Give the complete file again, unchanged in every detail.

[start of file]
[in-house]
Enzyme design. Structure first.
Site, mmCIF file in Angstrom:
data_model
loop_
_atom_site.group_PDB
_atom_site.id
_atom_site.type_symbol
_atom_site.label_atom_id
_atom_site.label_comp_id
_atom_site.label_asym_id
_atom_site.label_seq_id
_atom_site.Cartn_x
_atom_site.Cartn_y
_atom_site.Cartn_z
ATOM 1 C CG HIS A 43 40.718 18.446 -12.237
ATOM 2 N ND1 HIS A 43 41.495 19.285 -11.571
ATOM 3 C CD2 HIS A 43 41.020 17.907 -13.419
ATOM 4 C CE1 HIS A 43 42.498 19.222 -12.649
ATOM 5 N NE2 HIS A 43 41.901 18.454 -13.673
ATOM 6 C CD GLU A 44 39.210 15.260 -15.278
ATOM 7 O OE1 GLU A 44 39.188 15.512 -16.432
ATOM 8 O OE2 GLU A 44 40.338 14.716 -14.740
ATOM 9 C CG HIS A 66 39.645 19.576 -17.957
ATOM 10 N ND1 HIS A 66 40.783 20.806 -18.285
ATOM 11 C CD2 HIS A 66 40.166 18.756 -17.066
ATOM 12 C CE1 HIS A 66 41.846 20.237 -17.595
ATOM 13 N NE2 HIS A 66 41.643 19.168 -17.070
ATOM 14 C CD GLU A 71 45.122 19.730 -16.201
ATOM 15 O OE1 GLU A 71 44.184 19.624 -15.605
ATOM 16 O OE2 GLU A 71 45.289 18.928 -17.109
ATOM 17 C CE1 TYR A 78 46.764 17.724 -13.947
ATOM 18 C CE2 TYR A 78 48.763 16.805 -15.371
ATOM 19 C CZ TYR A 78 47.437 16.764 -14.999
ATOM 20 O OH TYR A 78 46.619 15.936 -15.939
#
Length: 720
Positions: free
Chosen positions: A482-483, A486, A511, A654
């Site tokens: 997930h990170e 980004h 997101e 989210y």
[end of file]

[in-house]
Enzyme design. Structure first.
Site, mmCIF file in Angstrom:
data_model
loop_
_atom_site.group_PDB
_atom_site.id
_atom_site.type_symbol
_atom_site.label_atom_id
_atom_site.label_comp_id
_atom_site.label_asym_id
_atom_site.label_seq_id
_atom_site.Cartn_x
_atom_site.Cartn_y
_atom_site.Cartn_z
ATOM 1 C CG HIS A 43 40.718 18.446 -12.237
ATOM 2 N ND1 HIS A 43 41.495 19.285 -11.571
ATOM 3 C CD2 HIS A 43 41.020 17.907 -13.419
ATOM 4 C CE1 HIS A 43 42.498 19.222 -12.649
ATOM 5 N NE2 HIS A 43 41.901 18.454 -13.673
ATOM 6 C CD GLU A 44 39.210 15.260 -15.278
ATOM 7 O OE1 GLU A 44 39.188 15.512 -16.432
ATOM 8 O OE2 GLU A 44 40.338 14.716 -14.740
ATOM 9 C CG HIS A 66 39.645 19.576 -17.957
ATOM 10 N ND1 HIS A 66 40.783 20.806 -18.285
ATOM 11 C CD2 HIS A 66 40.166 18.756 -17.066
ATOM 12 C CE1 HIS A 66 41.846 20.237 -17.595
ATOM 13 N NE2 HIS A 66 41.643 19.168 -17.070
ATOM 14 C CD GLU A 71 45.122 19.730 -16.201
ATOM 15 O OE1 GLU A 71 44.184 19.624 -15.605
ATOM 16 O OE2 GLU A 71 45.289 18.928 -17.109
ATOM 17 C CE1 TYR A 78 46.764 17.724 -13.947
ATOM 18 C CE2 TYR A 78 48.763 16.805 -15.371
ATOM 19 C CZ TYR A 78 47.437 16.764 -14.999
ATOM 20 O OH TYR A 78 46.619 15.936 -15.939
#
Length: 720
Positions: free
Chosen positions: A482-483, A486, A511, A654
């Site tokens: 997930h990170e 980004h 997101e 989210y």